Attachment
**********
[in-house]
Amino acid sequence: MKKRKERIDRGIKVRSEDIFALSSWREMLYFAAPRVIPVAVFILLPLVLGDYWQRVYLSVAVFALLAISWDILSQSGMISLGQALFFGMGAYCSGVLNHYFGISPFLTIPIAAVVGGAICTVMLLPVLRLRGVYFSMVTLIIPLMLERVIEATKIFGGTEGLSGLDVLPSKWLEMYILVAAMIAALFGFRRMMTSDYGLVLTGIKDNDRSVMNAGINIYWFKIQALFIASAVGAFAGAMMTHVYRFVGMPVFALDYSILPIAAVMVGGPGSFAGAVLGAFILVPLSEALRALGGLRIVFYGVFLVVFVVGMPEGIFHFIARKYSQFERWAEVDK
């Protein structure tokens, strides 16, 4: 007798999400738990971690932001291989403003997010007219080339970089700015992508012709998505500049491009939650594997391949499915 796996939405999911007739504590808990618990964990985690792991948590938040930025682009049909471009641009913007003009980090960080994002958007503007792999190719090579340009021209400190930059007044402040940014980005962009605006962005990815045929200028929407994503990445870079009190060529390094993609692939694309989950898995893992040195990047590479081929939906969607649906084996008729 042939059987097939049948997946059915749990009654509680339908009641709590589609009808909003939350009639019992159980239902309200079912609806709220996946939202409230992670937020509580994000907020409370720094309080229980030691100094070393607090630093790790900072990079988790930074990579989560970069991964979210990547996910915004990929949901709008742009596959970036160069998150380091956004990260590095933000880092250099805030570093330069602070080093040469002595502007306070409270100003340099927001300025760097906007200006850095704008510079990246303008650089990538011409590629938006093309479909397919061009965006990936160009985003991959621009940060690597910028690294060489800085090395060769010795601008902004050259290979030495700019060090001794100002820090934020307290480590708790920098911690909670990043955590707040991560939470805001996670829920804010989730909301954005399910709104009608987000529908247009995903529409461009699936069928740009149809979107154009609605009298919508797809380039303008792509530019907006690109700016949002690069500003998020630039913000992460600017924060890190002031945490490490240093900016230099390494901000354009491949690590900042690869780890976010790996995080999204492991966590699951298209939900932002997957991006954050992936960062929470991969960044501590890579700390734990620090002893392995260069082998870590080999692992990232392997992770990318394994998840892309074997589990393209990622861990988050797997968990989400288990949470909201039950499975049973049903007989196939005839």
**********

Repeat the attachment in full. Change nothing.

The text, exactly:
[in-house]
Amino acid sequence: MKKRKERIDRGIKVRSEDIFALSSWREMLYFAAPRVIPVAVFILLPLVLGDYWQRVYLSVAVFALLAISWDILSQSGMISLGQALFFGMGAYCSGVLNHYFGISPFLTIPIAAVVGGAICTVMLLPVLRLRGVYFSMVTLIIPLMLERVIEATKIFGGTEGLSGLDVLPSKWLEMYILVAAMIAALFGFRRMMTSDYGLVLTGIKDNDRSVMNAGINIYWFKIQALFIASAVGAFAGAMMTHVYRFVGMPVFALDYSILPIAAVMVGGPGSFAGAVLGAFILVPLSEALRALGGLRIVFYGVFLVVFVVGMPEGIFHFIARKYSQFERWAEVDK
């Protein structure tokens, strides 16, 4: 007798999400738990971690932001291989403003997010007219080339970089700015992508012709998505500049491009939650594997391949499915 796996939405999911007739504590808990618990964990985690792991948590938040930025682009049909471009641009913007003009980090960080994002958007503007792999190719090579340009021209400190930059007044402040940014980005962009605006962005990815045929200028929407994503990445870079009190060529390094993609692939694309989950898995893992040195990047590479081929939906969607649906084996008729 042939059987097939049948997946059915749990009654509680339908009641709590589609009808909003939350009639019992159980239902309200079912609806709220996946939202409230992670937020509580994000907020409370720094309080229980030691100094070393607090630093790790900072990079988790930074990579989560970069991964979210990547996910915004990929949901709008742009596959970036160069998150380091956004990260590095933000880092250099805030570093330069602070080093040469002595502007306070409270100003340099927001300025760097906007200006850095704008510079990246303008650089990538011409590629938006093309479909397919061009965006990936160009985003991959621009940060690597910028690294060489800085090395060769010795601008902004050259290979030495700019060090001794100002820090934020307290480590708790920098911690909670990043955590707040991560939470805001996670829920804010989730909301954005399910709104009608987000529908247009995903529409461009699936069928740009149809979107154009609605009298919508797809380039303008792509530019907006690109700016949002690069500003998020630039913000992460600017924060890190002031945490490490240093900016230099390494901000354009491949690590900042690869780890976010790996995080999204492991966590699951298209939900932002997957991006954050992936960062929470991969960044501590890579700390734990620090002893392995260069082998870590080999692992990232392997992770990318394994998840892309074997589990393209990622861990988050797997968990989400288990949470909201039950499975049973049903007989196939005839």